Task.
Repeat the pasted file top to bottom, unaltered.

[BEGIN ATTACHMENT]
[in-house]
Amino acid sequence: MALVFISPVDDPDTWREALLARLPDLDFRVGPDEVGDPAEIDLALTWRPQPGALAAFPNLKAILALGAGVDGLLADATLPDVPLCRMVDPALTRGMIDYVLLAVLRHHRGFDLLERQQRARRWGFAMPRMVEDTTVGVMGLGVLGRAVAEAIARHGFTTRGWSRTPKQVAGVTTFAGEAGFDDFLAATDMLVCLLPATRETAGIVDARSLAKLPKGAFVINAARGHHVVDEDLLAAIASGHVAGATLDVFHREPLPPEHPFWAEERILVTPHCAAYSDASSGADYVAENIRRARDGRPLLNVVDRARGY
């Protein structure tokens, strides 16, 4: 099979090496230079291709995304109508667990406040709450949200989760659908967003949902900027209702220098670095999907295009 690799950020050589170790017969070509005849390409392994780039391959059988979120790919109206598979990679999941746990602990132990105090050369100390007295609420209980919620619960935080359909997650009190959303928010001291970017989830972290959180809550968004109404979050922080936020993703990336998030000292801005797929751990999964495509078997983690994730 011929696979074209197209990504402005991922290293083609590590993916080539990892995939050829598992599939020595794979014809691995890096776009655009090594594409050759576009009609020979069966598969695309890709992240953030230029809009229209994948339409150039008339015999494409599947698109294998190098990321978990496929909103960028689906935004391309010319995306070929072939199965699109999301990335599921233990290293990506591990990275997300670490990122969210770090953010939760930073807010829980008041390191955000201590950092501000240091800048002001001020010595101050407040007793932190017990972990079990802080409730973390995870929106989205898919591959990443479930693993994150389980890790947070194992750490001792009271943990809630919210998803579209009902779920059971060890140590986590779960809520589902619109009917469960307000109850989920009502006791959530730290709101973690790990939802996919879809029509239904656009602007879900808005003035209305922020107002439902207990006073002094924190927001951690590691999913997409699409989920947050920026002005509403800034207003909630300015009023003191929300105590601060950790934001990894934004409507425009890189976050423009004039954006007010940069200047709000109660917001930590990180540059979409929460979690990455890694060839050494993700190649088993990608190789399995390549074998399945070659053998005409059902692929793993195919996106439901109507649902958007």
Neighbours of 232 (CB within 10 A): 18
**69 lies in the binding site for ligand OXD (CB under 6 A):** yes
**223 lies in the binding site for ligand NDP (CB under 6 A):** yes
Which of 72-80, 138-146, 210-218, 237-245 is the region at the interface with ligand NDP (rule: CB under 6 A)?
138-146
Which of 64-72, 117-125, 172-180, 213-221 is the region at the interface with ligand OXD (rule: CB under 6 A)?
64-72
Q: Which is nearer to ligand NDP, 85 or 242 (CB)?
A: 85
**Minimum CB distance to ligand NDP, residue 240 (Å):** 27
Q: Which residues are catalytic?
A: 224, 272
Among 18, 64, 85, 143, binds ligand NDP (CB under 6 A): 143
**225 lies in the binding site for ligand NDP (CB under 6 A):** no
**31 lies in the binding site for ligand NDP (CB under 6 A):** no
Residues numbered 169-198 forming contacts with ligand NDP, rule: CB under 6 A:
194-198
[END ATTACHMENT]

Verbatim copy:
[in-house]
Amino acid sequence: MALVFISPVDDPDTWREALLARLPDLDFRVGPDEVGDPAEIDLALTWRPQPGALAAFPNLKAILALGAGVDGLLADATLPDVPLCRMVDPALTRGMIDYVLLAVLRHHRGFDLLERQQRARRWGFAMPRMVEDTTVGVMGLGVLGRAVAEAIARHGFTTRGWSRTPKQVAGVTTFAGEAGFDDFLAATDMLVCLLPATRETAGIVDARSLAKLPKGAFVINAARGHHVVDEDLLAAIASGHVAGATLDVFHREPLPPEHPFWAEERILVTPHCAAYSDASSGADYVAENIRRARDGRPLLNVVDRARGY
């Protein structure tokens, strides 16, 4: 099979090496230079291709995304109508667990406040709450949200989760659908967003949902900027209702220098670095999907295009 690799950020050589170790017969070509005849390409392994780039391959059988979120790919109206598979990679999941746990602990132990105090050369100390007295609420209980919620619960935080359909997650009190959303928010001291970017989830972290959180809550968004109404979050922080936020993703990336998030000292801005797929751990999964495509078997983690994730 011929696979074209197209990504402005991922290293083609590590993916080539990892995939050829598992599939020595794979014809691995890096776009655009090594594409050759576009009609020979069966598969695309890709992240953030230029809009229209994948339409150039008339015999494409599947698109294998190098990321978990496929909103960028689906935004391309010319995306070929072939199965699109999301990335599921233990290293990506591990990275997300670490990122969210770090953010939760930073807010829980008041390191955000201590950092501000240091800048002001001020010595101050407040007793932190017990972990079990802080409730973390995870929106989205898919591959990443479930693993994150389980890790947070194992750490001792009271943990809630919210998803579209009902779920059971060890140590986590779960809520589902619109009917469960307000109850989920009502006791959530730290709101973690790990939802996919879809029509239904656009602007879900808005003035209305922020107002439902207990006073002094924190927001951690590691999913997409699409989920947050920026002005509403800034207003909630300015009023003191929300105590601060950790934001990894934004409507425009890189976050423009004039954006007010940069200047709000109660917001930590990180540059979409929460979690990455890694060839050494993700190649088993990608190789399995390549074998399945070659053998005409059902692929793993195919996106439901109507649902958007």
Neighbours of 232 (CB within 10 A): 18
**69 lies in the binding site for ligand OXD (CB under 6 A):** yes
**223 lies in the binding site for ligand NDP (CB under 6 A):** yes
Which of 72-80, 138-146, 210-218, 237-245 is the region at the interface with ligand NDP (rule: CB under 6 A)?
138-146
Which of 64-72, 117-125, 172-180, 213-221 is the region at the interface with ligand OXD (rule: CB under 6 A)?
64-72
Q: Which is nearer to ligand NDP, 85 or 242 (CB)?
A: 85
**Minimum CB distance to ligand NDP, residue 240 (Å):** 27
Q: Which residues are catalytic?
A: 224, 272
Among 18, 64, 85, 143, binds ligand NDP (CB under 6 A): 143
**225 lies in the binding site for ligand NDP (CB under 6 A):** no
**31 lies in the binding site for ligand NDP (CB under 6 A):** no
Residues numbered 169-198 forming contacts with ligand NDP, rule: CB under 6 A:
194-198